Learn more about the South American yellow-footed tortoise – with amazing South American yellow-footed tortoise photos and facts on Arkive. Biology. The South American yellow-footed tortoise is an omnivorous reptile, which feeds on a variety of leaves, vines, roots, bark, fruits and flowers, as well as . Synonyms[edit]. Testudo denticulata; Testudo hercules; Testudo tabulata; Geochelone denticulata; Chelonoidis denticulata.

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While the meat of the tortoise is the primary reason for capture, it is also valued as a pet 5. This can result in obesity. Notes on some young specimens of tortoises Testudo. However, of all of the differences for these two species, this is actually the most variable. Nevertheless they are a sought after addition in many collections the world over. Bizarrely, soil, sand and pebbles are also consumed; these abrasive objects presumably assist the digestion of foods, as this denticulaya has a tendency to swallow foods whole 7.

The plastron is yellow-brown turning nearly black near the seams.

Scientia Guaianae, Caracas, No. Smithsonian Institution Press, Washington D. Blog Friday 05 October Wildscreen With: Some feel they prefer grasslands and dry forest areas, and that rain-forest habitat is most likely marginal. Yellow-foot tortoises are more subdued in their beauty as compared with a number of the tortoises of the genus Geochelone.


Archived from the original PDF on Embed this Arkive thumbnail link “portlet” by copying and pasting the code below. Chelonoidis denticulata is an endangered species. X Close Link to this photo Embed this Arkive thumbnail link geochelne by copying and pasting the code below.

File:Geochelone denticulata -Yasuni, – Wikimedia Commons

MyARKive offers the scrapbook feature to signed-up members, allowing you to organize debticulata favourite Arkive images and videos and share them with friends. Red-foots have shortened prefrontals and an intact frontal scale. Authentication This information is awaiting authentication by a species expert, and will be updated as soon as possible.

If you are able to help please contact: Sign up to our newsletter Get the latest wild news direct to your inbox. Herpetologica46 2: Comparative cranial morphology of Recent and fossil turtles.

Patterns of parasitism by Amblyomma humerale Acari: The young are self-sufficient from birth. This file contains additional information such as Exif metadata which may have been added by the digital camera, scanner, or software program used to create or digitize it. Ixodidae on Chelonoidis denticulata Testudines: Deciduous A plant that sheds its leaves at the end of the growing season. It is thought that several clutches of eggs are laid each year, each containing up to twenty eggs, but averaging four to eight.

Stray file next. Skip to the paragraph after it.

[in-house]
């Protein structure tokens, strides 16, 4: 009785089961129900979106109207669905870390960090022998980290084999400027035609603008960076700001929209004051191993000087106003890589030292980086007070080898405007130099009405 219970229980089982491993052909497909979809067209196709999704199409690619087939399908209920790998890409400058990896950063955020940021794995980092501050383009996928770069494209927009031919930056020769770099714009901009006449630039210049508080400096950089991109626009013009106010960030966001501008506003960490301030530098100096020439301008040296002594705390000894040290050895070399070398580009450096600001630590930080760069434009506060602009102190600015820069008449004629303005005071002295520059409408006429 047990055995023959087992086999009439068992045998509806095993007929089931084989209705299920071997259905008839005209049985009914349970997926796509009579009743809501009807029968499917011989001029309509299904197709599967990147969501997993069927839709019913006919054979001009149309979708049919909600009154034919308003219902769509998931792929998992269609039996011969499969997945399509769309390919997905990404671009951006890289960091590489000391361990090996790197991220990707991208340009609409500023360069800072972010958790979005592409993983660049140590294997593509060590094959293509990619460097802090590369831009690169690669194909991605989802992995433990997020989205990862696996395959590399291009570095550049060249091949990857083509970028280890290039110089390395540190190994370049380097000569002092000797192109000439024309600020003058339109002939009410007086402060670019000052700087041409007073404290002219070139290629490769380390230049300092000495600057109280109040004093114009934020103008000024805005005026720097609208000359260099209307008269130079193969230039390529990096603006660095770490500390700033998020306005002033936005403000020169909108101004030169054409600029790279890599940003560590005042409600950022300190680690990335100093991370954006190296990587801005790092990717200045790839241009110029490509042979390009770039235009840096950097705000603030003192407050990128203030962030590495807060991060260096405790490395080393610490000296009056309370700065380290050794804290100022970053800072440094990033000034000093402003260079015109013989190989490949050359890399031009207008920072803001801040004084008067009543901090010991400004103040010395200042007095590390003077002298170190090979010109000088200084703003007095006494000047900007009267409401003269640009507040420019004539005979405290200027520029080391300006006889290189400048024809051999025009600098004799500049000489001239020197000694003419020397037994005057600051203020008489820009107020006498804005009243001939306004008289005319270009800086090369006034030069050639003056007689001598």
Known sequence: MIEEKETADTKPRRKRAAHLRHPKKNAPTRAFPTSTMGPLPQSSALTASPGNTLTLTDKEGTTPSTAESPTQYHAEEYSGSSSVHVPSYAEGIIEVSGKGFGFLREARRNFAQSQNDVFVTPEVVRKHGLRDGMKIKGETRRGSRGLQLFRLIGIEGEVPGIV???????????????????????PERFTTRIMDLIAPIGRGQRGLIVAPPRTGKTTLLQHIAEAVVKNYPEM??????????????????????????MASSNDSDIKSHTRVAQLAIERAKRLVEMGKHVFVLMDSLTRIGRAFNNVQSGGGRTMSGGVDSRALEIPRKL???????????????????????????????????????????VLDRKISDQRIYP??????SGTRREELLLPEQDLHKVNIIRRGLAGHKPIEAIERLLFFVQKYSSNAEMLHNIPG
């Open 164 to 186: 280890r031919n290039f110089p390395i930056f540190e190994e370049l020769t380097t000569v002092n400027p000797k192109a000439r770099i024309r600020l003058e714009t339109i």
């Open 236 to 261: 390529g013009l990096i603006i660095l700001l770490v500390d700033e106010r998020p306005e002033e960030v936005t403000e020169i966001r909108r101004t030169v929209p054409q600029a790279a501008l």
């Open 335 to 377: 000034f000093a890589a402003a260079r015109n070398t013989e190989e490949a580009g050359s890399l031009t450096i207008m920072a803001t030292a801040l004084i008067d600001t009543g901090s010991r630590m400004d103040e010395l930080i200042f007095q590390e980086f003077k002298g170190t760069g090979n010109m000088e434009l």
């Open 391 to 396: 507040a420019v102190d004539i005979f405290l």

Made from Bulletwood Rubber Tree Manilkara bidentatalbalata resin, models Yellow Footed Amazon Tortoise, Geochelone denticulata, on the garden photo of two red-footed tortoises on the forest floor Amerindian Woman showing child model tortoises she has made from Balata Rubber resin and sells as souvenirs.


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IUCN Red List of Threatened Species

Omnivorous Feeding on both plants and animals. Please donate to Arkive Help us share the wonders of the natural world. Views View Edit History.

Aldabra giant tortoise Geochelone gigantea. This care sheet is intended only to cover the general care of this species. Can you confirm these amateur observations of Chelonoidis denticulatus?

Description Geochelone denticulata -Yasuni, Ecuador-8a. Adult males average slightly larger than females, but the largest specimens tend to be females.

The elongated, brittle-shelled eggs are incubated for four to five months 2.

File:Geochelone denticulata – couple Suriname.jpg

Proceedings of the Biological Society of Washington 4: If possible, only captive born specimens should be considered. X Close Image credit. South American yellow-footed tortoise biology The South American yellow-footed tortoise is an omnivorous reptile, which feeds on a variety of leaves, vines, roots, bark, fruits and gecohelone, as well as fungi, insects and snails 7and the rotting flesh of dead animals such as deer, armadillos, porcupines and snakes 4.

Yellow-footed tortoise, Yasuni National Park, Ecuador.